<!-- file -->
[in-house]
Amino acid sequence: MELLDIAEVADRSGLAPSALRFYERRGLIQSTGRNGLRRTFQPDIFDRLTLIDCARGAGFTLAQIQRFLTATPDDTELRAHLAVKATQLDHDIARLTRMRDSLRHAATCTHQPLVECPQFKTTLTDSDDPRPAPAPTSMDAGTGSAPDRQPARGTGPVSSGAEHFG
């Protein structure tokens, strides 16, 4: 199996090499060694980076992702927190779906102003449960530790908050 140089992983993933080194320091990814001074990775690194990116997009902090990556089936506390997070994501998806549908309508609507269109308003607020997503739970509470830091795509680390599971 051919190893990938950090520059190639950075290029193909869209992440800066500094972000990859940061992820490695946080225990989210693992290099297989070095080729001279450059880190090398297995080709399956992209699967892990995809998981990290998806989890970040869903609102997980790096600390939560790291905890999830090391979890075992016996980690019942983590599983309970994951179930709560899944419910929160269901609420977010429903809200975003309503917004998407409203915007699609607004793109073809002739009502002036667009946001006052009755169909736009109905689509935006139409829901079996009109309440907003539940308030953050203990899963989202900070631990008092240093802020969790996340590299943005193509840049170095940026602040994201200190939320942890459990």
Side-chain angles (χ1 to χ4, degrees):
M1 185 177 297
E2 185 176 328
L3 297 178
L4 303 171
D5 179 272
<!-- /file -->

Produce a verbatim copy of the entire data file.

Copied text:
[in-house]
Amino acid sequence: MELLDIAEVADRSGLAPSALRFYERRGLIQSTGRNGLRRTFQPDIFDRLTLIDCARGAGFTLAQIQRFLTATPDDTELRAHLAVKATQLDHDIARLTRMRDSLRHAATCTHQPLVECPQFKTTLTDSDDPRPAPAPTSMDAGTGSAPDRQPARGTGPVSSGAEHFG
């Protein structure tokens, strides 16, 4: 199996090499060694980076992702927190779906102003449960530790908050 140089992983993933080194320091990814001074990775690194990116997009902090990556089936506390997070994501998806549908309508609507269109308003607020997503739970509470830091795509680390599971 051919190893990938950090520059190639950075290029193909869209992440800066500094972000990859940061992820490695946080225990989210693992290099297989070095080729001279450059880190090398297995080709399956992209699967892990995809998981990290998806989890970040869903609102997980790096600390939560790291905890999830090391979890075992016996980690019942983590599983309970994951179930709560899944419910929160269901609420977010429903809200975003309503917004998407409203915007699609607004793109073809002739009502002036667009946001006052009755169909736009109905689509935006139409829901079996009109309440907003539940308030953050203990899963989202900070631990008092240093802020969790996340590299943005193509840049170095940026602040994201200190939320942890459990």
Side-chain angles (χ1 to χ4, degrees):
M1 185 177 297
E2 185 176 328
L3 297 178
L4 303 171
D5 179 272